Campbell, Saunders Ltd. has acted as a privately appointed or Court-appointed Receiver or Receiver Manager (“Receiver”) on behalf of banks and private lenders for hundreds of companies and in a variety of industries.
A secured lender or creditor may appoint a Receiver pursuant to the terms of a General Security Agreement (“GSA”) granted by the debtor to the lender which captures all of the security or assets of the debtor. A Receiver may also be appointed by the Court.
Before a Receiver is appointed, the secured creditor must provide the debtor with a minimum of 10 days’ statutory notice (i.e. a Notice of Intention to Enforce Security) pursuant to the provisions of the Bankruptcy and Insolvency Act (“BIA”) to allow adequate time for the debtor to repay its indebtedness.
Only after the expiry of the minimum 10-day period can a secured creditor enforce its security. At any time prior to the expiry of the 10-day Notice, a debtor is able to file a Notice of Intention to Make a Proposal (pursuant to the BIA) to its creditors, which would stay and prevent a secured creditor from enforcing its security for an initial 30-day period.
Pursuant to the terms of most GSA’s, the Receiver is appointed to take possession and secure the debtor’s assets, to manage them in such a manner that provides the secured lender will be paid out, or to liquidate them for the same purpose. A receiver can also be appointed by the Court when the secured creditor does not receive cooperation from the debtor and makes an application to the Court for such an appointment.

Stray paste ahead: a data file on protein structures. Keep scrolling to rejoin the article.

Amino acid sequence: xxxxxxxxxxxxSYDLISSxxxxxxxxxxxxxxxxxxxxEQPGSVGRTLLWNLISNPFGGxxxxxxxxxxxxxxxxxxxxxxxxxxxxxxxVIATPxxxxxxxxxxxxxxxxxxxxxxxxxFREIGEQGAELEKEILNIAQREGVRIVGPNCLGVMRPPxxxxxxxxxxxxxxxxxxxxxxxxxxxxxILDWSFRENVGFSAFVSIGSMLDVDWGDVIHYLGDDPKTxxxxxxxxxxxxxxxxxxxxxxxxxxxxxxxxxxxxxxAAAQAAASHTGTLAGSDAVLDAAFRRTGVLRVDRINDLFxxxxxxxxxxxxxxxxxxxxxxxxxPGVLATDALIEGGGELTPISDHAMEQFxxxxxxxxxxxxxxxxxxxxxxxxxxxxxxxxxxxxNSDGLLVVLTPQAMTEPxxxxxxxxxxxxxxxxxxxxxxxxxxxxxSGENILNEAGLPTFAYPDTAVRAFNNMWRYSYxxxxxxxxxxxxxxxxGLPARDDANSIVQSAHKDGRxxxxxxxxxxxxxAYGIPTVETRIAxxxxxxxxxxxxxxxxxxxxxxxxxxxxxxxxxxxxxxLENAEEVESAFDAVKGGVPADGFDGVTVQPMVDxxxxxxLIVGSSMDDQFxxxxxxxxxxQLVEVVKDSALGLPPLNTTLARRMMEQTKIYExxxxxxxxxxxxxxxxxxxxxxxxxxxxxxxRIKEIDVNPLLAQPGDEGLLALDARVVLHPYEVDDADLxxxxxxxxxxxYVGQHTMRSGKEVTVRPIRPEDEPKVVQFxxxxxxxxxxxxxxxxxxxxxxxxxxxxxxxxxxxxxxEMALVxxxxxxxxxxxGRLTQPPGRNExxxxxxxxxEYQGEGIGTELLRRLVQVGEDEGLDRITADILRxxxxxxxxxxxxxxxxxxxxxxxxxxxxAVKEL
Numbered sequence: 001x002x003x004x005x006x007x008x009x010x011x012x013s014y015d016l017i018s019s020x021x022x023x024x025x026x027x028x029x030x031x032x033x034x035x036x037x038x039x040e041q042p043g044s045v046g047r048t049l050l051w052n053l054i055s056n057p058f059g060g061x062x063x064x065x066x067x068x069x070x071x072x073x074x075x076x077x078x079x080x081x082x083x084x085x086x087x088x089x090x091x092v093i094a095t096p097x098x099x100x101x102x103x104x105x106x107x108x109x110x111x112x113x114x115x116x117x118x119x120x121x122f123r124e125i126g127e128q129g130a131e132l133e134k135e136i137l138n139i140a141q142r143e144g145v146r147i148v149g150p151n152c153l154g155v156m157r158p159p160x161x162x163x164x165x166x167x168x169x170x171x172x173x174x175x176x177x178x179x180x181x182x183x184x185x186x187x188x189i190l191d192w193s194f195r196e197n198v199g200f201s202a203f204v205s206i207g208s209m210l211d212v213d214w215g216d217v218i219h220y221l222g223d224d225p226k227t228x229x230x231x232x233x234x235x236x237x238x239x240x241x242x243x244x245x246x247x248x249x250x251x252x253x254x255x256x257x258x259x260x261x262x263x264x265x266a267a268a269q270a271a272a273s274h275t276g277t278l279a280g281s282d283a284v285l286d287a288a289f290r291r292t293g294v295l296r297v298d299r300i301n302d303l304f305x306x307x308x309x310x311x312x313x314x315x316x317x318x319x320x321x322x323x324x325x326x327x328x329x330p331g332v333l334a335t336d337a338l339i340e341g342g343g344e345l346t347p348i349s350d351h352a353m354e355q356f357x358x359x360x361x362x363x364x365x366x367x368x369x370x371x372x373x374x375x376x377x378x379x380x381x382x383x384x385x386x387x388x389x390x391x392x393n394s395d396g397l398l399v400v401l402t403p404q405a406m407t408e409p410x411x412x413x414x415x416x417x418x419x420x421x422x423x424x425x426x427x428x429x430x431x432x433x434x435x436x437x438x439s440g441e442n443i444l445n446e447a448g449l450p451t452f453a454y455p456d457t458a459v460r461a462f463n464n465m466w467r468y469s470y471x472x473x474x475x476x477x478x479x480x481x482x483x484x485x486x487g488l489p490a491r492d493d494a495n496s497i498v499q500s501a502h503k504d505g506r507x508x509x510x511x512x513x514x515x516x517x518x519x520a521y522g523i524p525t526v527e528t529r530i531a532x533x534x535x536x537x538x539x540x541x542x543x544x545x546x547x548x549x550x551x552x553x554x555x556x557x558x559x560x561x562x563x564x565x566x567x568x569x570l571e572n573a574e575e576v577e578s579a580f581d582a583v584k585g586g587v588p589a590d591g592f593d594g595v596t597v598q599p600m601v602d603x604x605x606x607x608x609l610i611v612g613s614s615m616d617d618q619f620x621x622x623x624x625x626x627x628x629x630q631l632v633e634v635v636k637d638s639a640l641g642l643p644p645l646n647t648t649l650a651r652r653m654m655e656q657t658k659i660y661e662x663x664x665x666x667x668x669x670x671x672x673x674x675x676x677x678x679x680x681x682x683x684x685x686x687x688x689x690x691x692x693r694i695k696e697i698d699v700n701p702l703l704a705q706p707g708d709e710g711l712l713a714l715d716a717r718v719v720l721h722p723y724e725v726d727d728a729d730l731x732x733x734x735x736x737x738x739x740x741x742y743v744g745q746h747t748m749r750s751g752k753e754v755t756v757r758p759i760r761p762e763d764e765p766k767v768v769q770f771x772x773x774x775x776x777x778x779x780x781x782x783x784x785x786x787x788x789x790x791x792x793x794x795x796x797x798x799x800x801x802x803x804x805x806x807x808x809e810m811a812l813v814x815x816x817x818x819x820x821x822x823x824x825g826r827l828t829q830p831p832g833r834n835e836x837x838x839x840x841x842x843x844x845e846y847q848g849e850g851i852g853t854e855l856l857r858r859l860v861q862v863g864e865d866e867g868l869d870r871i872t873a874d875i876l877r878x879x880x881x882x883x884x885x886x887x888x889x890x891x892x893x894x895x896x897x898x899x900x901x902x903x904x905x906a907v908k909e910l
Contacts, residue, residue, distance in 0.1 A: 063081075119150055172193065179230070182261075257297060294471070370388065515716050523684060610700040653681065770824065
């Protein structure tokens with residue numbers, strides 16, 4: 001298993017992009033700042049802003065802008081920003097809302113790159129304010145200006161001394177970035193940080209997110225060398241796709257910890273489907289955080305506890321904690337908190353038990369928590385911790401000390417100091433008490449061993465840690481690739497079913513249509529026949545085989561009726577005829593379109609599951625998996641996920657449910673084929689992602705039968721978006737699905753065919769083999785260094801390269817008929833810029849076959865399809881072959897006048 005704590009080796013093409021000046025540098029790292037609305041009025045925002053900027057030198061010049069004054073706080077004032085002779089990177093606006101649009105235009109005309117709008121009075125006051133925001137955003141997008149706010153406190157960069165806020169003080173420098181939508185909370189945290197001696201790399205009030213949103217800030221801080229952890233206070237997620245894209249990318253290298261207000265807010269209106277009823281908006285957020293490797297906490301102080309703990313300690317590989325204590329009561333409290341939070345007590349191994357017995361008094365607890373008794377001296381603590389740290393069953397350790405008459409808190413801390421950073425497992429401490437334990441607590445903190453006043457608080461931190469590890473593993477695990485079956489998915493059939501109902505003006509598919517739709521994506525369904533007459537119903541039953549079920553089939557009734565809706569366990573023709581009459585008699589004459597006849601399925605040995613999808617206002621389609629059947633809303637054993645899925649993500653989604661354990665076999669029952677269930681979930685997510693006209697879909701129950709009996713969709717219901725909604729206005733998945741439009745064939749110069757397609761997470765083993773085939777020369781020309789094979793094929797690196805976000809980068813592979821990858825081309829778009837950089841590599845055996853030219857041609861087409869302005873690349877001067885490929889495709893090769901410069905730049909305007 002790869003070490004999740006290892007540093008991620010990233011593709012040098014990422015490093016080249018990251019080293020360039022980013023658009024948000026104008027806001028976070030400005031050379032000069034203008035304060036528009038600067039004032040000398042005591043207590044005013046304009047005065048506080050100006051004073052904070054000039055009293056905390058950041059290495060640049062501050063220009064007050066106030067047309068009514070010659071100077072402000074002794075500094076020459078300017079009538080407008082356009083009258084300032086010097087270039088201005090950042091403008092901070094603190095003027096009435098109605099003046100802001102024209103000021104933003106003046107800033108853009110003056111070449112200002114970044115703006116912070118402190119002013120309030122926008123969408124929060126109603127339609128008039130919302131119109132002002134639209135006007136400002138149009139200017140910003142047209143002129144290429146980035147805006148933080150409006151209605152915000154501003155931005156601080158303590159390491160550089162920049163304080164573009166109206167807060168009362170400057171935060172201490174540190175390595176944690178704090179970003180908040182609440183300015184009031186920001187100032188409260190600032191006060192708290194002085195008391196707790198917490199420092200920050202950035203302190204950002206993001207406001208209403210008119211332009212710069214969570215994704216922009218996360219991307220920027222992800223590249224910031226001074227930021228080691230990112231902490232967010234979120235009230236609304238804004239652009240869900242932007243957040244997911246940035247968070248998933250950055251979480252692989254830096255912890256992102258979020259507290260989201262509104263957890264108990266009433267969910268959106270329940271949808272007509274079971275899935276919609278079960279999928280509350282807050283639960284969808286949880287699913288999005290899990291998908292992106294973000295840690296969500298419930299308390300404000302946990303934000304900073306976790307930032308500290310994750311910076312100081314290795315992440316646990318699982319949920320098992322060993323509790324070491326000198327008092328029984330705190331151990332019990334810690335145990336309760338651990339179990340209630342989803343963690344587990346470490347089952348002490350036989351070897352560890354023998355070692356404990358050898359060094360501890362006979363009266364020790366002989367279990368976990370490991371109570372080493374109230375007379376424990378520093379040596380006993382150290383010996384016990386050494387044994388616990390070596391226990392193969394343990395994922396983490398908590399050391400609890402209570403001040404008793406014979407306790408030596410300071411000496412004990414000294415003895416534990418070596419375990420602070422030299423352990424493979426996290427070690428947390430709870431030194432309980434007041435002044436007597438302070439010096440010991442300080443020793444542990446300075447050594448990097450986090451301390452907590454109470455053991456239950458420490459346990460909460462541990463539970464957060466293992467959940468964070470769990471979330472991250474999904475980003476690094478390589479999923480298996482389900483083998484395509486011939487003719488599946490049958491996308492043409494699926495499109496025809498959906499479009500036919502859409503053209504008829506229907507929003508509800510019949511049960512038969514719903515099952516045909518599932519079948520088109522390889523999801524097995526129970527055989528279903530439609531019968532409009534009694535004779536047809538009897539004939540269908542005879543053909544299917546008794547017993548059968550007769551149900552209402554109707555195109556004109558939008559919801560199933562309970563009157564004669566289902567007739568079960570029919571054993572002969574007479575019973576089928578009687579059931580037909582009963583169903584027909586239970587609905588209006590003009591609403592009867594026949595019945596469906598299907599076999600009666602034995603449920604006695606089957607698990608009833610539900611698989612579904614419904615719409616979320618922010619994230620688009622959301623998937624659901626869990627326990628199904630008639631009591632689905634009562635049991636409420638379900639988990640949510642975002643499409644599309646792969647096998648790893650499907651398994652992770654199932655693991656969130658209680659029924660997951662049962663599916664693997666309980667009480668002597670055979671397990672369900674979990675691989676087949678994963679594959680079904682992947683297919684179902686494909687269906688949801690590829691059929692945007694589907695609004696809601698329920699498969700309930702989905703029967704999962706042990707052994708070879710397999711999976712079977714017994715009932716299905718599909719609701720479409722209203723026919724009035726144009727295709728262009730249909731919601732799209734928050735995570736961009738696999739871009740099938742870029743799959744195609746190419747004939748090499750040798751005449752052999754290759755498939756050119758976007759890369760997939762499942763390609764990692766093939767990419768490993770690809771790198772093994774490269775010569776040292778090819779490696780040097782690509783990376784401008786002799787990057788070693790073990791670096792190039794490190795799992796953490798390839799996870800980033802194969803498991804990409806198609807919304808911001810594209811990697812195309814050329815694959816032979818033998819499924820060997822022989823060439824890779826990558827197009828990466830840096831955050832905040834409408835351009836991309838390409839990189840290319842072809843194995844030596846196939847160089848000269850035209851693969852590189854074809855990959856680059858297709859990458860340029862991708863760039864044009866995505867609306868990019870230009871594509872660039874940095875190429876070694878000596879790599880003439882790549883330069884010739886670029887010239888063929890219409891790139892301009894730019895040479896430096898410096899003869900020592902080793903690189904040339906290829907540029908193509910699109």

The Receiver acts primarily for the secured lender but also has a fiduciary duty to the debtor and all of the debtor’s stakeholders. The Receiver must act in good faith, preserve and secure the assets of the debtor and maximize the realization of the assets. The Receiver is not obligated to continue with the operations of the debtor if it is not financially reasonable. Once the secured lender has been repaid its debts and related costs, any remaining assets are returned to the debtor.
A secured creditor will often send a demand to the guarantor of the corporate debt, if applicable, at the same time. If you or your Company has received a Notice of Intention to Enforce Security from a secured lender, you should immediately consult with one of our insolvency professionals. Otherwise, the ability for you to restructure your business may be severely limited.